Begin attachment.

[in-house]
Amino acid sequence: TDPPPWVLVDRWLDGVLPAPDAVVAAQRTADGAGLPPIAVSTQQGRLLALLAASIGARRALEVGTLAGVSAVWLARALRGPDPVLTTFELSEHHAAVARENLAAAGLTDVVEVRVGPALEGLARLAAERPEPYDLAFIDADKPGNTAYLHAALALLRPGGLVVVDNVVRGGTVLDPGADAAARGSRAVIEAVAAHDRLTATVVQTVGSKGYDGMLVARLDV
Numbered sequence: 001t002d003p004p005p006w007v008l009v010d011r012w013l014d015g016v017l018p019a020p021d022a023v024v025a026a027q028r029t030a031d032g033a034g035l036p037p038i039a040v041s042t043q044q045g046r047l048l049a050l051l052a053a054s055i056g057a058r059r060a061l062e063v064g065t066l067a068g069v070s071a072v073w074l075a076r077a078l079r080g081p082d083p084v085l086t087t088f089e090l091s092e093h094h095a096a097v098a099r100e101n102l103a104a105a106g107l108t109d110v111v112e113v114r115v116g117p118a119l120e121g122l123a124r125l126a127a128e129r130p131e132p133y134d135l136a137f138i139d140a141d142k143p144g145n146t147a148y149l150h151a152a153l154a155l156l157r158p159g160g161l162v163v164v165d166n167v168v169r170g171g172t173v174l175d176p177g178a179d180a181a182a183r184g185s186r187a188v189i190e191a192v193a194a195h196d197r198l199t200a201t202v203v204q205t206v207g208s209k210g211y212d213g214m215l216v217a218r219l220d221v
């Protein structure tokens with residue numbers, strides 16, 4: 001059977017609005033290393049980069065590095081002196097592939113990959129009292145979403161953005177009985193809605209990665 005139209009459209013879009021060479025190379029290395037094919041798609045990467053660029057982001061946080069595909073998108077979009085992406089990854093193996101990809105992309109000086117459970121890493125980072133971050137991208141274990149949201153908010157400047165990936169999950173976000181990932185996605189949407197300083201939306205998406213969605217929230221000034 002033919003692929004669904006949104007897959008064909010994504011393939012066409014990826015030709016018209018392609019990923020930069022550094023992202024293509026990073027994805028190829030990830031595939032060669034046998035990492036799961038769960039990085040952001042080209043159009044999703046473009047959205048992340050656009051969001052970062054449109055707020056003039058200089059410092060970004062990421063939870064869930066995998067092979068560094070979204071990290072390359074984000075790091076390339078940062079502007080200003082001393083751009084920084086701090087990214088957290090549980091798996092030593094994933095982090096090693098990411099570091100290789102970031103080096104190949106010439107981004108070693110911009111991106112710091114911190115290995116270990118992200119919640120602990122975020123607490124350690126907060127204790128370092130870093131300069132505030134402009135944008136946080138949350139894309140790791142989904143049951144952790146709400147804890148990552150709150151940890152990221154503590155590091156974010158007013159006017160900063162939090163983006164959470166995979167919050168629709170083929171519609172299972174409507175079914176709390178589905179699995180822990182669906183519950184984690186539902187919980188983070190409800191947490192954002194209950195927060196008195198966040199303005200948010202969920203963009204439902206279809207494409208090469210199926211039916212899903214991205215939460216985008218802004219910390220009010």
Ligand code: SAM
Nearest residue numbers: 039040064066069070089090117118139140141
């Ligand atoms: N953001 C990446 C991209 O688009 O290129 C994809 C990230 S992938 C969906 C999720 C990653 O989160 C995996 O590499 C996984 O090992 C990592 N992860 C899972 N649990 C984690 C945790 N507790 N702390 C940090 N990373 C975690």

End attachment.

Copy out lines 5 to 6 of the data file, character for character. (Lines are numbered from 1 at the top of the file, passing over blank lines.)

Ligand code: SAM
Nearest residue numbers: 039040064066069070089090117118139140141